Who hasn’t dragged their tired soul home after long days of pounding the pavement in pursuit of some dream; when everything has been tried, everyone talked to, everything possible done, your very best, most complete shots taken… yet still there are no takers? Such moments can be incredibly discouraging and depressing. They can also be cathartic.
Nancy Wilson, discussing the emotions stirred by Gerry Rafferty’s Baker Street, 2018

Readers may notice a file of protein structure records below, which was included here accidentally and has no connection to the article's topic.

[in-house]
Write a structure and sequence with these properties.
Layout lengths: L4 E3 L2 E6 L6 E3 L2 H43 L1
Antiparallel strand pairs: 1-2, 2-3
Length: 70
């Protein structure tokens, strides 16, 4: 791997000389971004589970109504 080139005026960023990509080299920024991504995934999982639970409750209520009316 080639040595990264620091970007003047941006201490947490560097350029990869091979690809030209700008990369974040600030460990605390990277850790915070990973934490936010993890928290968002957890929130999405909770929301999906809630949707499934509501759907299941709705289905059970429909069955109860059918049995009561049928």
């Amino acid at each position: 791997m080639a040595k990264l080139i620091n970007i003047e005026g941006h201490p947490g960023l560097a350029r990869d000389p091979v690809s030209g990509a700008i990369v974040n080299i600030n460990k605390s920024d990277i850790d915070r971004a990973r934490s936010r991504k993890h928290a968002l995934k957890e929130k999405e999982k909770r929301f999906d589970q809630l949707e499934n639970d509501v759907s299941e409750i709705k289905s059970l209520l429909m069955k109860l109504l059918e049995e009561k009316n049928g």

The greatest riff in pop music history might not be Keith Richards’s guitar part from Satisfaction, and might not even be a guitar part at all, whichever your nominee might be. There’s a good argument that it’s actually the instantly captivating, infinitely memorable, and manifestly immortal saxophone line performed on Gerry Rafferty’s 1978 mega-hit Baker Street by little-known (and wonderfully named) session player Raphael Ravenscroft, who claimed to have composed it himself (early demos prove him wrong on that score), said he was paid for his efforts with a union scale 27 pound cheque that bounced (dubious), and always insisted rather sourly in public that it was almost unlistenable, telling one interviewer I’m irritated because it’s out of tune. Yeah, it’s flat. By enough of a degree that it irritates me at best. According to most knowledgable sources it’s neither terribly inventive nor especially difficult for any competent saxophonist to play, and evidence suggests that anyway Rafferty might have nicked it, from an earlier 1968 Jazz/Rock fusion recording called Half a Heart, performed in 1968 by virtual unknown Steve Marcus. The theft allegation is made plausible by the eerie similarity between the two, yet rendered equally implausible by the near certainty that UK resident Rafferty could never have heard the obscure American record, which moved maybe 1,000 copies in its own market, wasn’t sold at all in Great Britain, received absolutely no airplay anywhere, and wasn’t noticed by anybody until well after Baker Street emerged. Have a listen: